Working with charcoal
You will need:
Writing materials – including the chalkboard, or a large sheet of paper pinned up for the whole class to read.
Drawing paper. Note: when working with charcoal it is best to use a good quality paper that is not too smooth, i.e. that has a “tooth” – a slightly rough surface texture that holds the charcoal.
Erasers (putty rubbers would be ideal, if available) – one for each learner
Hairspray or fixative
Look at Shilakoe’s image again. Discuss the feelings of sadness and loneliness in his work, and other feelings you may have experienced in your response to it.
Talk about a time when you have felt sad, anxious or lonely. Think of interesting verbal metaphors and similes for sadness and loneliness. Perhaps you can think of some suggested by your own personal experiences.
Write them all up on the board or on a big sheet of paper. Here are just a few examples. You will think of your own:
When you have enough of your own metaphors and similes, start your drawing. Let one or more of these phrases help you create a visual image on paper.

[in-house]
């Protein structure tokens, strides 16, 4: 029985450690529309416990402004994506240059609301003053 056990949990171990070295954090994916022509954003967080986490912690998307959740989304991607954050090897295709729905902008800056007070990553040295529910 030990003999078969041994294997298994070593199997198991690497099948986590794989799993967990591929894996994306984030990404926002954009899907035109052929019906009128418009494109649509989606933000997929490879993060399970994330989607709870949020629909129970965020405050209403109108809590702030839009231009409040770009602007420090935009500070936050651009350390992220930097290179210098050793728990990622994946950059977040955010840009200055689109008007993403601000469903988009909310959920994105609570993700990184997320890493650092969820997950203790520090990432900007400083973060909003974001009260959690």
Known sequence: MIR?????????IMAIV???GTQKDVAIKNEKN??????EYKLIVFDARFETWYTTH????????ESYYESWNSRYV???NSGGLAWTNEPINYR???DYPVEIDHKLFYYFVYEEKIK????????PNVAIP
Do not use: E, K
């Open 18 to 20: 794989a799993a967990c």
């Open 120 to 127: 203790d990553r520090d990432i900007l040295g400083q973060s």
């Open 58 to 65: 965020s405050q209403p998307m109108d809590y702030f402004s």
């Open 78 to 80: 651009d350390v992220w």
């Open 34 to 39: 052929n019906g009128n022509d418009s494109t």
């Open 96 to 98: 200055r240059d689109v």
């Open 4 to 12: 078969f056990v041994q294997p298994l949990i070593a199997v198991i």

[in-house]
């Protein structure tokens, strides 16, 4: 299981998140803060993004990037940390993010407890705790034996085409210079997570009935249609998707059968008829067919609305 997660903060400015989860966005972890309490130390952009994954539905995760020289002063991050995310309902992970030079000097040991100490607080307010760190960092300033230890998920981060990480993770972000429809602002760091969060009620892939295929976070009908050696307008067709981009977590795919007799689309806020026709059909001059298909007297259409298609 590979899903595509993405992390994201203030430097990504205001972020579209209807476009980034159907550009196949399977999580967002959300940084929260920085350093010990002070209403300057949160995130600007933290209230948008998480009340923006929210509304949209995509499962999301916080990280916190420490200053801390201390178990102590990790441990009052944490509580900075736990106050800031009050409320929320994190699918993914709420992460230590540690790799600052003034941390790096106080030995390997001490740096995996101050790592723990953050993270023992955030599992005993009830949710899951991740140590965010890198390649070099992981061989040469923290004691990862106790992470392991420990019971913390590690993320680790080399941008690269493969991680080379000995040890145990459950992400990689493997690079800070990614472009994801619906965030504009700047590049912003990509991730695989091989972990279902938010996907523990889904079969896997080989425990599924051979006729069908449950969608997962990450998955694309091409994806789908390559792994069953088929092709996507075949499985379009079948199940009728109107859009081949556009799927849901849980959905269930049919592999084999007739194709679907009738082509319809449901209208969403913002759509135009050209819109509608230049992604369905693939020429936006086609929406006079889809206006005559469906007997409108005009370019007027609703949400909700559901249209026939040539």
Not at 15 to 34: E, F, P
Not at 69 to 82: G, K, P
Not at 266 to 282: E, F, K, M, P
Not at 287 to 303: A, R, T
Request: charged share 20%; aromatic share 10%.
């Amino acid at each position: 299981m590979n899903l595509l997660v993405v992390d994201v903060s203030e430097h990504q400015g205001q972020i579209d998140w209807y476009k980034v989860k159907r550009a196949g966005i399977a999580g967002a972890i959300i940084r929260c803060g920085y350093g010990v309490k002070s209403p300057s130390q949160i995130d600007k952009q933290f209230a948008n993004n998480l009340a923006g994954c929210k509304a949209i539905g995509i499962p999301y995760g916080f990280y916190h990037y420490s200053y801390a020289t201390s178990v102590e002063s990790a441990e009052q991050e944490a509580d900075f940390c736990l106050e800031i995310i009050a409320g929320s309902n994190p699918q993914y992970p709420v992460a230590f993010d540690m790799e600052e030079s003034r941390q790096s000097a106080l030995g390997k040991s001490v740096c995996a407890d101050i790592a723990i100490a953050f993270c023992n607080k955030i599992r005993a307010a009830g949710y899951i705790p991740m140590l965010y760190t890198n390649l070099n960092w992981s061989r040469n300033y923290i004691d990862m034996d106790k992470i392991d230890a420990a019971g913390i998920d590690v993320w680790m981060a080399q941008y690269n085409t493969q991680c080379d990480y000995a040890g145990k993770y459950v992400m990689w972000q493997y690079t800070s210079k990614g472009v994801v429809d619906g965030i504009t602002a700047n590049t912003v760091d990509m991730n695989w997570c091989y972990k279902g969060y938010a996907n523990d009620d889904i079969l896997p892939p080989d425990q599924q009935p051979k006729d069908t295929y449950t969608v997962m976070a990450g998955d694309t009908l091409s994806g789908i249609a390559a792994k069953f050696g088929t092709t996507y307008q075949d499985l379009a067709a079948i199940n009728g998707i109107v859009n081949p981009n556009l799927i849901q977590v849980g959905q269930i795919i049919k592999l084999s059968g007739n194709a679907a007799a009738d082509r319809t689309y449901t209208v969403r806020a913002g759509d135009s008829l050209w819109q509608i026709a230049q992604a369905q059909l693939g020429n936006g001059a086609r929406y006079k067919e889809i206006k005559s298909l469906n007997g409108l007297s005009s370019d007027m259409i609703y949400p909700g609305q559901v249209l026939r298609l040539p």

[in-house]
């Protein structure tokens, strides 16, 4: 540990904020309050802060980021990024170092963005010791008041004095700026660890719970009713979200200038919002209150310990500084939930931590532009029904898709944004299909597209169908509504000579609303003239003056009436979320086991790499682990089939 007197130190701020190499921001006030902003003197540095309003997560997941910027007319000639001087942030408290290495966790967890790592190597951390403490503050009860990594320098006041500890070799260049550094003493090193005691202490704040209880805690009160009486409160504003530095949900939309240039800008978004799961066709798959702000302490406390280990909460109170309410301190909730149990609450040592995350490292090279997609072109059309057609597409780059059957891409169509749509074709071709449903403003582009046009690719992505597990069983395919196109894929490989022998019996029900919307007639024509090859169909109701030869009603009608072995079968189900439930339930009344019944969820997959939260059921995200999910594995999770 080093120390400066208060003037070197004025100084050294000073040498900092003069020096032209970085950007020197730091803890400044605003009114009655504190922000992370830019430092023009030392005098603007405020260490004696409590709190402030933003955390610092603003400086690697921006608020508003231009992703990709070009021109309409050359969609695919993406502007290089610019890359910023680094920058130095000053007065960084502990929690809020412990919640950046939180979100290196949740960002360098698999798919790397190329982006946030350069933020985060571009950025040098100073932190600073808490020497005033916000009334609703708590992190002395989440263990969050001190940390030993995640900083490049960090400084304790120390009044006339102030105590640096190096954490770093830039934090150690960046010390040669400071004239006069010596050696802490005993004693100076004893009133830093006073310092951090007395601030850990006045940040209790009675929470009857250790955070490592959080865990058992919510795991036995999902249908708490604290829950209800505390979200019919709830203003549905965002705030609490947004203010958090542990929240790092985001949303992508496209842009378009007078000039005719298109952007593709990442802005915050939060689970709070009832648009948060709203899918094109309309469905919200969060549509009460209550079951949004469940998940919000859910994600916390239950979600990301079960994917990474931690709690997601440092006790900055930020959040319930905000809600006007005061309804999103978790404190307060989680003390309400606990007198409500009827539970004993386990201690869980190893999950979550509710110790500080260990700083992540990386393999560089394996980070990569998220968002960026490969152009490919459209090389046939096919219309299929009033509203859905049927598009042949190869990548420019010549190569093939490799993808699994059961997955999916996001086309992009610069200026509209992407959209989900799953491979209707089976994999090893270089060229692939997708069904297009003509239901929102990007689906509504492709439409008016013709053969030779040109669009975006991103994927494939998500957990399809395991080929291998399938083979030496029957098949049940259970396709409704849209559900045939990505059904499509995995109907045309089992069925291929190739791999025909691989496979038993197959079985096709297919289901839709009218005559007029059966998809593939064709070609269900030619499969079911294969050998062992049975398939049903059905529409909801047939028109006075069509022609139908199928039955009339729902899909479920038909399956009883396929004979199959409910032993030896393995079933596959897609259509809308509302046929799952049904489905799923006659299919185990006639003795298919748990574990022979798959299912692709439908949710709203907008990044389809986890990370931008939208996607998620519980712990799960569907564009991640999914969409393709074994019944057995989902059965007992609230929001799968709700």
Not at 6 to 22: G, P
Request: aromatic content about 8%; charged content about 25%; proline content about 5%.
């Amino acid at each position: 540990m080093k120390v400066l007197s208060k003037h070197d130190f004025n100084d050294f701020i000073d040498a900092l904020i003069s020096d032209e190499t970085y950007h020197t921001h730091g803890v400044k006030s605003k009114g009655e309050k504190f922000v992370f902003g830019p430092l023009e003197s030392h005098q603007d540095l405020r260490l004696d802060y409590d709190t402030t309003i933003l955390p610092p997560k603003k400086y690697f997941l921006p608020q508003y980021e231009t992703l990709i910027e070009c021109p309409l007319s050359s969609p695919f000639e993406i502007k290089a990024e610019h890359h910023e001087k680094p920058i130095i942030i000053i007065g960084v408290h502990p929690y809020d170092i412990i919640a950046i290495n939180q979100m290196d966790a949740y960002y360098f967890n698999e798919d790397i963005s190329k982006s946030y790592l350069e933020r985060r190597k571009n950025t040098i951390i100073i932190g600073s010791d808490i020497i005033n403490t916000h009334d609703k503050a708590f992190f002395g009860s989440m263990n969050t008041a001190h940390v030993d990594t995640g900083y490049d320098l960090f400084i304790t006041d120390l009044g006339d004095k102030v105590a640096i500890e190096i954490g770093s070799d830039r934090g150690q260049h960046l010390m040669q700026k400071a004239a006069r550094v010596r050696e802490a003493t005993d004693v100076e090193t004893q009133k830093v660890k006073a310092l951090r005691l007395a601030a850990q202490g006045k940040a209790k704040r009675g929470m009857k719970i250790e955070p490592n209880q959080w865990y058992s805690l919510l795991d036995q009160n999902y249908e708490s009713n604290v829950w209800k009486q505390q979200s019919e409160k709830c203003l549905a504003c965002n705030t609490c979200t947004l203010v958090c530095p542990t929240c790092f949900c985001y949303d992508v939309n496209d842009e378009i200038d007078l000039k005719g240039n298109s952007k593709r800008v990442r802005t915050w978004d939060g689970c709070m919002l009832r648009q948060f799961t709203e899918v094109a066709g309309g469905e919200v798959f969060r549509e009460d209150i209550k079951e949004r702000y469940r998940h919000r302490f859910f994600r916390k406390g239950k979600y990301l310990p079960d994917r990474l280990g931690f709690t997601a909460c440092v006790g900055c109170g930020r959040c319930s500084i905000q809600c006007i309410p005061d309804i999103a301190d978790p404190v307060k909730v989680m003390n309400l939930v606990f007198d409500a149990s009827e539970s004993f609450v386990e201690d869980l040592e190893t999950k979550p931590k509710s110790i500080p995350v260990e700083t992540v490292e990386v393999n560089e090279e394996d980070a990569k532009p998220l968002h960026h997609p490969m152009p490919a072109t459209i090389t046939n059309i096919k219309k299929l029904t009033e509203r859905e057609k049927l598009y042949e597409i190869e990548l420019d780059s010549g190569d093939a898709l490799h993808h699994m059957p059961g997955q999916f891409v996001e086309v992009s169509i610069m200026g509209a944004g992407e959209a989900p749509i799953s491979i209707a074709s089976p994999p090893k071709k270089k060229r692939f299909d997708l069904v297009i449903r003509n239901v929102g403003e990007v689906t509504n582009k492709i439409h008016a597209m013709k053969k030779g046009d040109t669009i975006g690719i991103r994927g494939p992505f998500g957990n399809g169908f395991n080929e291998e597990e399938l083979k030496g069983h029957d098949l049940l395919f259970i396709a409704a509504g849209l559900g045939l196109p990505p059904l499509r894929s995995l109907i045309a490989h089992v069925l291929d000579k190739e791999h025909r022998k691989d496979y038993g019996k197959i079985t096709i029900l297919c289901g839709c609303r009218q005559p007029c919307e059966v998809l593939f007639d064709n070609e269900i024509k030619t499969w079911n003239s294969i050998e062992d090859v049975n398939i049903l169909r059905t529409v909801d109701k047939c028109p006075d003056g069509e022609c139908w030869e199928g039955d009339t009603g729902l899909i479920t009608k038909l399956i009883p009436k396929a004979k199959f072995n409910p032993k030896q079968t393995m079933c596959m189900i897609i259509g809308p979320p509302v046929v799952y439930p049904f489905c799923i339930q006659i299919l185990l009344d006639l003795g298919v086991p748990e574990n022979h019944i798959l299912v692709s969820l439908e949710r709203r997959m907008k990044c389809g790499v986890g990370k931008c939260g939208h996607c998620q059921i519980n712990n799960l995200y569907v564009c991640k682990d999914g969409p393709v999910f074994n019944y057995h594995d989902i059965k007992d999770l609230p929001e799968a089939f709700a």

- Cover your paper entirely with charcoal, until it is dark all over. (As you work, keep your arm off the page in order to avoid wiping the charcoal off inadvertently.)
- Start by finding shapes that appear in the irregularities in the marks, and look for half-hidden forms suggested by the uneven charcoal or pencil surface. Then take your eraser (rubber) and start working into the dark surface, creating light by erasure.
- Allow these forms to emerge and become visible as you erase, as if you are excavating from dark into light. Allow the image to suggest to you which forms should take shape.
- Continue to erase, developing the forms so that they become creatures, characters, or bits of landscape, sea or clouds. As the image is allowed to grow out of the dark, allow it to retain its mystery, its strangeness.
- As the image emerges, see if a mood is developing too. Loneliness? Anxiety? Or some other feeling altogether? Build on this mood.
- Try to create as many gradations (grey-shades) of tone as possible. You can work back into the light areas with charcoal again if necessary, and you can use white chalk or white pastel to heighten the lights where needed.
- Finally, when the drawings are complete, use hairspray as a fixative for the drawings. Hold the page vertically and spray from a short distance – about 30 or 35 cm from the page surface.